17 Aug 2015 21:47 IST

What the yuan devaluation is all about

The impact of the cheaper yuan will be felt across a swathe of imports, from power equipment to auto parts

China set off a mild tremor across global markets last week when it let the yuan to go down sharply without warning. The currency fell as much as 4.8 per cent versus the dollar in just two trading days, registering its biggest fall in a single day since 1994. The yuan fell again on Thursday before recovering to end the week with a 3 per cent fall in its value.

The sudden plunge proved traumatic for the markets, used as they are to a fixed yuan-dollar relationship, with the values fluctuating, if at all, within a 2 per cent band. The yuan took down with it other currencies such as the Aussie dollar, New Zealand dollar, Indonesian rupiah and our very own rupee.

What is the yuan devaluation all about? Is it a competitive measure taken by a country whose economy is shaky? Or is it related to China’s aspirations for the yuan to join the IMF’s global reserve currency basket? These are questions troubling not just the markets but several economists and leaders of the developed world.

Consumption-driven model

China is in the process of rebalancing its economy, from an export-led one to an internal consumption-driven model. The economy has been growing at a slower pace of around 7 per cent in the last few quarters. Leaders of a number of other countries might give an arm and a leg to post such growth. But 7 per cent is low by China’s standards and, worse, comes at a time when it is attempting a soft landing for its construction and real estate sector, which is engulfed in a bubble.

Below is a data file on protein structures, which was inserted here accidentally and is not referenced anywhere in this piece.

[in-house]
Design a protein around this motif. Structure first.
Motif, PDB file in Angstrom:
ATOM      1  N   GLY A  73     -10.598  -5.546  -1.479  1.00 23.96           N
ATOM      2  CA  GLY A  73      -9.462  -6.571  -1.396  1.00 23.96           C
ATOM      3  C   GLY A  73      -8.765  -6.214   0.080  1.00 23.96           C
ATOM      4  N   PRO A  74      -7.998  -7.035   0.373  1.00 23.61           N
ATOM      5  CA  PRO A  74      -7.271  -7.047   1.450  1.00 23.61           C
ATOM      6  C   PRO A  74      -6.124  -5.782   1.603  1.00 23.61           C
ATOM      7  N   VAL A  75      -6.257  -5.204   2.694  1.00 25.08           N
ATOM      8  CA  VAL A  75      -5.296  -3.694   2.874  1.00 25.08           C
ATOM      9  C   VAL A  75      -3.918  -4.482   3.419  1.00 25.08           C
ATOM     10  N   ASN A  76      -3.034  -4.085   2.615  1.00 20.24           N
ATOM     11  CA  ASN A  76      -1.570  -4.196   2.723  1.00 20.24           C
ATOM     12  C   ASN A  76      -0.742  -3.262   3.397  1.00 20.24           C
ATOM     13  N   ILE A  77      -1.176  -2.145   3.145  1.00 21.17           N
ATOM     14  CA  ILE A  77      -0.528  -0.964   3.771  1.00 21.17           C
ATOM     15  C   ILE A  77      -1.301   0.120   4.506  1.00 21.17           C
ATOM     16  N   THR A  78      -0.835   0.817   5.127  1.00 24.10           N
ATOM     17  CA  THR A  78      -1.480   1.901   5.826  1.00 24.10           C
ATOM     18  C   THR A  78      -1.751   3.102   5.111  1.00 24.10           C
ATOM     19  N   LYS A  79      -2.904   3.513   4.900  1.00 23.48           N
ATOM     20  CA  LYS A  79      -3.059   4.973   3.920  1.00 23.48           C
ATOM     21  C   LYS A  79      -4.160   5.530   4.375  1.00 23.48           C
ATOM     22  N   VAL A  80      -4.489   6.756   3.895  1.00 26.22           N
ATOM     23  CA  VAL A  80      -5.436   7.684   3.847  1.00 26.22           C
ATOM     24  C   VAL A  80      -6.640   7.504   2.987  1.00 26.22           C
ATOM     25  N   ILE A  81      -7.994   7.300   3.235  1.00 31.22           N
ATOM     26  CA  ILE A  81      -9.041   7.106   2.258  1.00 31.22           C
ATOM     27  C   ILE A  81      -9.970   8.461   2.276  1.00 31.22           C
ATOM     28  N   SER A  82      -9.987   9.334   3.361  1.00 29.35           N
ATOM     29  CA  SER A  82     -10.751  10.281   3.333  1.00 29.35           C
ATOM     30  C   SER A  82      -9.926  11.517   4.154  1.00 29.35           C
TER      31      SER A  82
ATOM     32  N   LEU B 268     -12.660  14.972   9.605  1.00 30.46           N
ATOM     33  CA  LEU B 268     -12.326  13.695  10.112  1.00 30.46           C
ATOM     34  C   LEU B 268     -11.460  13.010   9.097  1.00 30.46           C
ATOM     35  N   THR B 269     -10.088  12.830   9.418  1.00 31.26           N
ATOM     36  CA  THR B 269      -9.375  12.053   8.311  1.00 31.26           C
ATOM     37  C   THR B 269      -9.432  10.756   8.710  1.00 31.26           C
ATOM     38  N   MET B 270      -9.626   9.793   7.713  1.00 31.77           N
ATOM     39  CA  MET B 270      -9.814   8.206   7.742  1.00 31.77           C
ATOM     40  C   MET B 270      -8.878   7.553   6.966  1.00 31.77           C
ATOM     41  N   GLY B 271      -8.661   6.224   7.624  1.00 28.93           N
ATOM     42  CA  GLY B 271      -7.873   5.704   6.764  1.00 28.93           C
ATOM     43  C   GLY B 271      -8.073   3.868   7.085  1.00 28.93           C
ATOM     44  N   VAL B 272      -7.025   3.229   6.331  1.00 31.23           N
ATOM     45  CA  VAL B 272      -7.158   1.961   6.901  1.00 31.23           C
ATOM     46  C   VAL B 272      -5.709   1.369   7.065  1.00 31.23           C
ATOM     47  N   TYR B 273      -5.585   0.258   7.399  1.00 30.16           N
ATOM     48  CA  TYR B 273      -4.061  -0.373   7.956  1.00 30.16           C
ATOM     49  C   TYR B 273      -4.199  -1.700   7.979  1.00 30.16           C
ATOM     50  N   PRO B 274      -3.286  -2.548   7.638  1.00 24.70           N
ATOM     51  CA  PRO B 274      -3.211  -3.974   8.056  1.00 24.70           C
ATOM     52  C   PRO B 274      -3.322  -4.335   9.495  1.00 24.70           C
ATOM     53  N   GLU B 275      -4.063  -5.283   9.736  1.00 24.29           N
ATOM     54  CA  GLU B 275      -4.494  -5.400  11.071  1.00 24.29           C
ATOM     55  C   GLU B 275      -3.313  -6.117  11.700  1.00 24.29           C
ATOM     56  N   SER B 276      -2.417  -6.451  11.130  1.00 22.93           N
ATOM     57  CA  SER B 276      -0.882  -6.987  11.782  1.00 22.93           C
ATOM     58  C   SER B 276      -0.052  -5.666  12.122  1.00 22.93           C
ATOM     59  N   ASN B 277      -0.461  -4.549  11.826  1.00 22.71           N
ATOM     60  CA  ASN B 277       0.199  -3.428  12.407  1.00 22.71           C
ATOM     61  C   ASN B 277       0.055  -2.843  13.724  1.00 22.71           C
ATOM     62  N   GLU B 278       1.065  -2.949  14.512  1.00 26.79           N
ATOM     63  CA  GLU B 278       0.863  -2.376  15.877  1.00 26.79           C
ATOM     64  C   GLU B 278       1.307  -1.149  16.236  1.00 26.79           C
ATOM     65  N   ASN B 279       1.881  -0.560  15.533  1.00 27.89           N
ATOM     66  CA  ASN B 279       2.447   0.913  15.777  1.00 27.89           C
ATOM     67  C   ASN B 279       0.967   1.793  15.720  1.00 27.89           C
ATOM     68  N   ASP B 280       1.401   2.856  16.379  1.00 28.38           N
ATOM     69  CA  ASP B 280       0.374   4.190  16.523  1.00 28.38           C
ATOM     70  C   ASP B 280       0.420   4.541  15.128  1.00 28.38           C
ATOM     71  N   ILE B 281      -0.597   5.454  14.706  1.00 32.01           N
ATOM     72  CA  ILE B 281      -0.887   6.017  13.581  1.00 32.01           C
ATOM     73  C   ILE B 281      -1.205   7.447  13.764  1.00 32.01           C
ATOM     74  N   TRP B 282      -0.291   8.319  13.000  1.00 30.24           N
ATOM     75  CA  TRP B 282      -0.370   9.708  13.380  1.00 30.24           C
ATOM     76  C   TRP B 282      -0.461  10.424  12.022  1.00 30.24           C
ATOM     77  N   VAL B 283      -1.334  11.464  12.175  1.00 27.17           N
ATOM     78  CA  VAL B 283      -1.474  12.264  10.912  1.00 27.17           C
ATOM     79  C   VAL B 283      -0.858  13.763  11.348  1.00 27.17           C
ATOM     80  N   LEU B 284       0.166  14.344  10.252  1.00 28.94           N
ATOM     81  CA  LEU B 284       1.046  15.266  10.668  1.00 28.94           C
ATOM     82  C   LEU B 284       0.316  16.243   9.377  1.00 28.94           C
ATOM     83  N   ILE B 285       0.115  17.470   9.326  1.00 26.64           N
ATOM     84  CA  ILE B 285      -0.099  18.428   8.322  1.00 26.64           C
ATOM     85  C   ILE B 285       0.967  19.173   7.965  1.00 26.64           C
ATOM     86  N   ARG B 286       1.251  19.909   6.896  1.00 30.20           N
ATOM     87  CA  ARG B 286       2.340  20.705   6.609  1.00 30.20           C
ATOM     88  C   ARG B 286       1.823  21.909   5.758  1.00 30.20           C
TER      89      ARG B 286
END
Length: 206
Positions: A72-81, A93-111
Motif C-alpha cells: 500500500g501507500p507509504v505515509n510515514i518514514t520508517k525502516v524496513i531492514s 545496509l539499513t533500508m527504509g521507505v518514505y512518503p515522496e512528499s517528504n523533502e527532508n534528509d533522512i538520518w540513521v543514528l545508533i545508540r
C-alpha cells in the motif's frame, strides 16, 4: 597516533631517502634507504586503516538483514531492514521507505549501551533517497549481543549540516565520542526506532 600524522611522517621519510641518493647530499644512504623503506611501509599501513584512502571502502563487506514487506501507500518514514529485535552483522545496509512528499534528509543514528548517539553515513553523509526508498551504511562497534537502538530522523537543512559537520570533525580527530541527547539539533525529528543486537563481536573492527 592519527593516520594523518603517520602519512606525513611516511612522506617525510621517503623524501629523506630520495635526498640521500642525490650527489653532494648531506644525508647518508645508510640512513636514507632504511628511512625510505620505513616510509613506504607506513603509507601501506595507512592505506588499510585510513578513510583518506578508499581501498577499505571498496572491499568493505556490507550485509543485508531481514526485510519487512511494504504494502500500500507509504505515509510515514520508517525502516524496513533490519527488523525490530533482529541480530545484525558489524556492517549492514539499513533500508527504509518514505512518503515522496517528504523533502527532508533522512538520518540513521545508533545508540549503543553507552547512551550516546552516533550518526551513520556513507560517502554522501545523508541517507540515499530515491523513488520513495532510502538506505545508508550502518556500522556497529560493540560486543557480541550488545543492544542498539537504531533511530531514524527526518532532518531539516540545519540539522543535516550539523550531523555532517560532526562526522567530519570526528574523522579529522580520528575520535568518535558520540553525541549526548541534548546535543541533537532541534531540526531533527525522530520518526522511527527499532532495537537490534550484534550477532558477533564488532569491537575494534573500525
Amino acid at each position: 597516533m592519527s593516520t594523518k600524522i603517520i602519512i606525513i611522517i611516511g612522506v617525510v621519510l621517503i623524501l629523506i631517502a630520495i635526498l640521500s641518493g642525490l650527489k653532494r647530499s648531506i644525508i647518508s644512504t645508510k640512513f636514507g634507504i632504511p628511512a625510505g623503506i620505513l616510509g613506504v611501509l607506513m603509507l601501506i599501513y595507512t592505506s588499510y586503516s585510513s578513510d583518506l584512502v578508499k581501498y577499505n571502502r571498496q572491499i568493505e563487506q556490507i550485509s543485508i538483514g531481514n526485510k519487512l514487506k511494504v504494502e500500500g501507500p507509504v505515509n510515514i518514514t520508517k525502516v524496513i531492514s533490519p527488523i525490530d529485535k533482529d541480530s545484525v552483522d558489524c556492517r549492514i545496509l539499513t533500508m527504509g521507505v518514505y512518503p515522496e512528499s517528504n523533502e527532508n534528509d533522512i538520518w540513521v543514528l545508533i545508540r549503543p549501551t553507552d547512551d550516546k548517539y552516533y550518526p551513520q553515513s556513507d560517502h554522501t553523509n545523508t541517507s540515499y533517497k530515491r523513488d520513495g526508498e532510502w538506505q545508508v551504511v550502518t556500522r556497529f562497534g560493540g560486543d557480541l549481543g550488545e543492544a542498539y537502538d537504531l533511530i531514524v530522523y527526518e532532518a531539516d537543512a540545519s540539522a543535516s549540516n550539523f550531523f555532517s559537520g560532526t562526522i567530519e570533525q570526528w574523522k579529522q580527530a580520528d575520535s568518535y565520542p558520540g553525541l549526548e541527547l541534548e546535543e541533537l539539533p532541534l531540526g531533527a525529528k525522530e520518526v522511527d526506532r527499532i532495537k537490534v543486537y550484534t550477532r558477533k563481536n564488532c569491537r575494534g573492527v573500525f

Economists wonder if the devaluation is a signal of the fissures in China’s economy and whether the 7 per cent growth conceals more than it reveals. Could China be attempting to make itself more competitive by devaluing the yuan and thus making its products cheaper in the global market? The worries are actually two-fold. First, if the Chinese economy is actually weaker than it seems, it spells bad news for the global economy. China is not just a big supplier of manufactured products but a major consumer as well.

Second, if it turns out that the move was to push exports then it raises the spectre of a competitive devaluation by others affected by the move. Such a nightmarish situation, where countries engage in a “beggar thy neighbour” policy of cheapening their currencies to get a greater share of the global trade, was what prolonged the Great Depression of the 1930s. It is exactly this fear that is at the back of the minds of economists when they consider China’s actions of the last week with anxiety.

IMF requirements

China, however, has moved quickly to reassure the developed world that the devaluation was not aimed at making its exports competitive. Officials of the Peoples Bank of China, the equivalent of the Reserve Bank of India, have explained that the devaluation is aimed at making the yuan acceptable to the IMF for inclusion in the basket of reserve currencies along with the dollar, the euro, the pound and the yen. One of the complaints of the developed world against the Chinese currency is that it is fixed and not linked to the market.

Even if this explanation is true, it has the incidental effect of making Chinese products cheaper in the global market. For a country like India — grappling with slowing exports and an economy refusing to awaken from its slumber — the yuan’s devaluation is not good news.

More than in exports, where it is no match anyway to China, India will be hit on the import side. Steel producers have, even before the devaluation, been complaining of China supplying steel products to Indian buyers at throwaway prices.

Impact on imports

The government recently increased the import duty on steel products to 10 per cent to counter the alleged dumping by Chinese producers but even this small measure has been negated by the devaluation now. It is not surprising, then, that steel companies want safeguard duties to be imposed on Chinese producers.

The impact of the cheaper yuan will now be felt across a swathe of products imported into India, ranging from power plant equipment to auto components and even automobile tyres. The rupee has depreciated by about 1.5 per cent in the last one week, in sympathy with the yuan, but that will be of little comfort to importers.

Meanwhile, the Chinese situation is still developing and no one can say with certainty if the last word in the devaluation script has been acted out or if more is in store. Clearly, the whole world is shivering from China’s cold.

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